Indiana Vows Reliable Energy to Attract Crypto Miners

Indiana lawmakers have committed to providing substantial resources of low-cost power and water to major corporations, aiming to attract data centers and cryptocurrency mining operations to the state.

The allure of ample utilities has already drawn the attention of tech giants such as Meta, Amazon, Google, and Microsoft, as well as cryptocurrency mining company AboutBit, all of which have invested or are planning to construct facilities in Indiana.

Incentives for Tech Giants, Innovation for Crypto Miners

Despite Indiana offering financial incentives to various organizations, these benefits do not extend to AboutBit and other cryptocurrency miners.

This distinction has not deterred AboutBit, which has innovatively converted a 50-year-old power station into a sustainable, liquid-cooled cryptocurrency mining facility adjacent to the Merom Generating Station.

In a notable development this May, Amazon declared an $11 billion investment in Indiana. Governor Eric Holcomb highlighted the state’s capability to meet the substantial utility needs of such a project, emphasizing that Amazon’s decision was influenced by the assurance of sufficient power and water supplies.

Echoing this sentiment, David Rosenberg, Commerce Secretary and head of the Indiana Economic Development Corp., confirmed the state’s readiness to supply these critical resources.

Crypto Miners Join Growing List of Indiana Data Center Tenants. Source: Indiana Capital Chronicle

The cryptocurrency sector, particularly Bitcoin mining, has shown significant energy demands. Analyst Paul Hoffman from Best Brokers reported that, as of May 28, 2024, Bitcoin miners in the U.S. had spent $2.7 billion on electricity.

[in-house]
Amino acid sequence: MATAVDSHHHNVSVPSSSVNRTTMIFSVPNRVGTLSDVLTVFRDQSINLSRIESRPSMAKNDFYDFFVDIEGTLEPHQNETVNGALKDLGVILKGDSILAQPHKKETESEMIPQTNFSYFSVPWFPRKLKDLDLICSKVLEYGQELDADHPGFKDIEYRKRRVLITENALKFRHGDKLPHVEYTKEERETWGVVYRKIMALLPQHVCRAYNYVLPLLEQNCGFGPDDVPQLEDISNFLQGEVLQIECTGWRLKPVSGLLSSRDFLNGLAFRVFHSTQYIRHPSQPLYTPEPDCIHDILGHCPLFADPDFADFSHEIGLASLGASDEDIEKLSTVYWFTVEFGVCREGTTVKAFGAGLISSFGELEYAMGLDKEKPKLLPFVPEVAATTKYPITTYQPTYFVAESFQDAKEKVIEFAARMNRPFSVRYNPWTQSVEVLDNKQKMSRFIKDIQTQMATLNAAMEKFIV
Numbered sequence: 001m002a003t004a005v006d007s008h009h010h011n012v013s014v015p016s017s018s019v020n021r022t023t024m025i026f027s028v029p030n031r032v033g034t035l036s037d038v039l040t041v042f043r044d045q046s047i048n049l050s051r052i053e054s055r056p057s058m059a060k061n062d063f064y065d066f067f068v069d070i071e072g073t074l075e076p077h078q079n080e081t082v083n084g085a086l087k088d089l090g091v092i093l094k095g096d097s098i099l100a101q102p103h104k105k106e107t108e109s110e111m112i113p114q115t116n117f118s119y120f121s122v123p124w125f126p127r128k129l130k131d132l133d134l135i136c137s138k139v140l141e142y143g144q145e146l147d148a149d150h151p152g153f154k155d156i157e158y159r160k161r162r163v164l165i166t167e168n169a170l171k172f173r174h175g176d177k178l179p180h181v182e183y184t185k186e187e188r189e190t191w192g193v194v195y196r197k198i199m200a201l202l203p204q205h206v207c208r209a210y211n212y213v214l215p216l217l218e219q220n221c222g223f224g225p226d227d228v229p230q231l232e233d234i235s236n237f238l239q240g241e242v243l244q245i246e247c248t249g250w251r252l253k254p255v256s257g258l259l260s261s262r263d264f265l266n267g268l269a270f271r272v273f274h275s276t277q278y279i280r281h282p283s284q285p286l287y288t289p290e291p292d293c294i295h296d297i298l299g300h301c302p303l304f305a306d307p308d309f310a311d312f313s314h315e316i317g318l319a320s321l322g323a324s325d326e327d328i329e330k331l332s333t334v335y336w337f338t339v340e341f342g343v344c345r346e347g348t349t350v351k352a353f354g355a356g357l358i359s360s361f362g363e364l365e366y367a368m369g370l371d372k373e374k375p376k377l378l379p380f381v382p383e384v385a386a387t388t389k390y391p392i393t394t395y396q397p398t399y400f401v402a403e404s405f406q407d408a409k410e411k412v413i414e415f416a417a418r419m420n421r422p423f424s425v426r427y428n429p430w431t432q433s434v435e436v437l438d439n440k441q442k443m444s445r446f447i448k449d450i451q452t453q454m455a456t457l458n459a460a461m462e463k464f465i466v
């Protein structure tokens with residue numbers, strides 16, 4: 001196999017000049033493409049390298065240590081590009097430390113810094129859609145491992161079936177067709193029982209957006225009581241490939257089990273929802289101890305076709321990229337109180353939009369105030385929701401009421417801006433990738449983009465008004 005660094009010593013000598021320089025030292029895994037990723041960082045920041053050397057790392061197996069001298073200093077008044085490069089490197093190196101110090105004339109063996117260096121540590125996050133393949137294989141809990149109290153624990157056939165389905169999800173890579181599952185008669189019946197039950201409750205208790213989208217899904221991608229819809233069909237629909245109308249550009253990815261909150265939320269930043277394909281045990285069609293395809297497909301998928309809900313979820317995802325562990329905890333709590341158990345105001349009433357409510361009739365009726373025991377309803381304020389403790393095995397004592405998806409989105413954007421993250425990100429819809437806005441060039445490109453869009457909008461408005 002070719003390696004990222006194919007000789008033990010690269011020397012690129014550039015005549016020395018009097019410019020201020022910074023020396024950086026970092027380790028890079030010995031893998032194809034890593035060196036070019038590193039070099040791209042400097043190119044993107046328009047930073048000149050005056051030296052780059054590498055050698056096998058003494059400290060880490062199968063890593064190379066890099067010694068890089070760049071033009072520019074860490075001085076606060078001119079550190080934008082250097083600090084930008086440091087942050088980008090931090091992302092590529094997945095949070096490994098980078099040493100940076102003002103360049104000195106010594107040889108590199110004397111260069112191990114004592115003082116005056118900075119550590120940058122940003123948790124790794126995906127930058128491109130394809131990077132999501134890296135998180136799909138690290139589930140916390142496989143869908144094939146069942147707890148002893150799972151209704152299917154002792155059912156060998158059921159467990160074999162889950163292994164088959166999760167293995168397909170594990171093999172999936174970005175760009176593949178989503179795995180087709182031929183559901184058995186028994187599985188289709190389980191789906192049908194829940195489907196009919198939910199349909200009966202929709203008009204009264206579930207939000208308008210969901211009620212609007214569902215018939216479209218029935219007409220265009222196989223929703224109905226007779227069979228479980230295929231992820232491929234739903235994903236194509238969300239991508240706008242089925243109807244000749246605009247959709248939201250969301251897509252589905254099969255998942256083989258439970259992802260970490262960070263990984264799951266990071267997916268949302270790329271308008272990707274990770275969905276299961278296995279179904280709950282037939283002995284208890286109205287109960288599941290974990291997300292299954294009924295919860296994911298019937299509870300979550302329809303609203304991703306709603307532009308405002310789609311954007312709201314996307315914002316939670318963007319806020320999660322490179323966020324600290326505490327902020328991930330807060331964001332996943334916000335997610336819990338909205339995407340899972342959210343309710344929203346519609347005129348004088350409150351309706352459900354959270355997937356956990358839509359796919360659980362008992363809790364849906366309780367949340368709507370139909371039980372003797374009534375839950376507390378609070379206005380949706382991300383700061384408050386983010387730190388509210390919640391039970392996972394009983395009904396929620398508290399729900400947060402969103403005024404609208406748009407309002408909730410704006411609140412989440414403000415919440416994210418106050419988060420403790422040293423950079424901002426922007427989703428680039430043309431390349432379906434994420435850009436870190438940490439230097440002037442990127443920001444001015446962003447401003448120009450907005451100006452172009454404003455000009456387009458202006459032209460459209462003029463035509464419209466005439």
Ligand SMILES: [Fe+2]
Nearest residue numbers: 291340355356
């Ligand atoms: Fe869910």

Since the beginning of the year, the industry has consumed 20,822.62 GWh of electric power. With the average commercial electricity rate standing at $0.1281 per kWh as of February, this consumption translates into a massive financial expenditure.

Putting Bitcoin’s Energy Consumption in Perspective

The energy requirements for mining Bitcoin have surged following the halving event in April. Before the halving, mining one Bitcoin required 407,059.01 kilowatt-hours (kWh), costing about $52,144.26.

Post-halving, the energy needed has nearly doubled to 862,635.55 kWh, with the cost escalating to approximately $110,503.61 at current rates.

Hoffman further illustrated the scale of this energy consumption, noting it could charge every electric vehicle in the U.S. 87.52 times or power nearly two million households for a year, accounting for 1.51% of all U.S. households.

Moreover, the Bitcoin ESG Forecast in January revealed that the use of sustainable energy in Bitcoin mining reached a new peak of 54.5%, with a 3.6% increase in sustainable mining practices throughout 2023.

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